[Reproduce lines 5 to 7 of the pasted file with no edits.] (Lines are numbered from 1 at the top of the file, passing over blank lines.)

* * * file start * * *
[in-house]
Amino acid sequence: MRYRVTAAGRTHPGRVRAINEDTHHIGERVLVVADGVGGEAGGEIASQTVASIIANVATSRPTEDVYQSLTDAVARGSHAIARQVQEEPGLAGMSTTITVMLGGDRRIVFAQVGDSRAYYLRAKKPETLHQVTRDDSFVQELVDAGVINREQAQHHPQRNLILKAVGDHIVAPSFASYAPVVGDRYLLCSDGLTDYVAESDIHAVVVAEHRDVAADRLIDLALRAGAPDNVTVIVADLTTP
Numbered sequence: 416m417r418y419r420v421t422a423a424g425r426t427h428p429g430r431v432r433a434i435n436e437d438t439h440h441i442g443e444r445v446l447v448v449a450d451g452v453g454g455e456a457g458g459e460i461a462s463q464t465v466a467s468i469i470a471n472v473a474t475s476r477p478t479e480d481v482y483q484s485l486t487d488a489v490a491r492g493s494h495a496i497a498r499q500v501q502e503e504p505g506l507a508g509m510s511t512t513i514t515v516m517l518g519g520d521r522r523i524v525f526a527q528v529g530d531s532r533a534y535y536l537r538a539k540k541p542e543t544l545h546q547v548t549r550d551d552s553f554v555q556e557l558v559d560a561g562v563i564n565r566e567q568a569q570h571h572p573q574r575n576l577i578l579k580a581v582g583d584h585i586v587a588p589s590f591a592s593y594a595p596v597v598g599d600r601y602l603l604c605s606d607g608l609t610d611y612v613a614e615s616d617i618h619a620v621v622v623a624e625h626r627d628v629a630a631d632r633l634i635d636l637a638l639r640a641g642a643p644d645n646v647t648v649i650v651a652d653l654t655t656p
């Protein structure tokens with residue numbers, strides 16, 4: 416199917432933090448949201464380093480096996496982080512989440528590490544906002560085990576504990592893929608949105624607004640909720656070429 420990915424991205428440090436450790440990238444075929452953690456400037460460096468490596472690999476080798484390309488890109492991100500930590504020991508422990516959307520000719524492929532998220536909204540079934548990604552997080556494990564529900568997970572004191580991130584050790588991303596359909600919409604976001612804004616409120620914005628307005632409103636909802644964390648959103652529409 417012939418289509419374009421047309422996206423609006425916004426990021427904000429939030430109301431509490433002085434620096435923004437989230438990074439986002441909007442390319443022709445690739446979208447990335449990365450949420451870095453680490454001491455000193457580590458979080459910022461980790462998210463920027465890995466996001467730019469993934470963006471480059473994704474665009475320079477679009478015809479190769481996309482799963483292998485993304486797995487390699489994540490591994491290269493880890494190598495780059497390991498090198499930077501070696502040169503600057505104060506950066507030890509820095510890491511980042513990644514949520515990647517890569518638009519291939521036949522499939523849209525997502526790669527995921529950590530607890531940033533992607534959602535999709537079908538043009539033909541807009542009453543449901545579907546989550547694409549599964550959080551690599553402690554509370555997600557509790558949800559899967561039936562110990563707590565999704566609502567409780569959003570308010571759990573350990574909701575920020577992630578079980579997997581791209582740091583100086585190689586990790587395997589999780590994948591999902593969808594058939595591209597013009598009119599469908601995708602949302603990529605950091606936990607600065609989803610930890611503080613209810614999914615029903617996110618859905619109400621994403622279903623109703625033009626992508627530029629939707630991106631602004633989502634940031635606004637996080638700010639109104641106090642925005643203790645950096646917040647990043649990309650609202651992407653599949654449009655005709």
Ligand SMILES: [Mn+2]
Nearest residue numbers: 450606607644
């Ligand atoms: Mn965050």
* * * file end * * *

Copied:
Ligand SMILES: [Mn+2]
Nearest residue numbers: 450606607644
């Ligand atoms: Mn965050």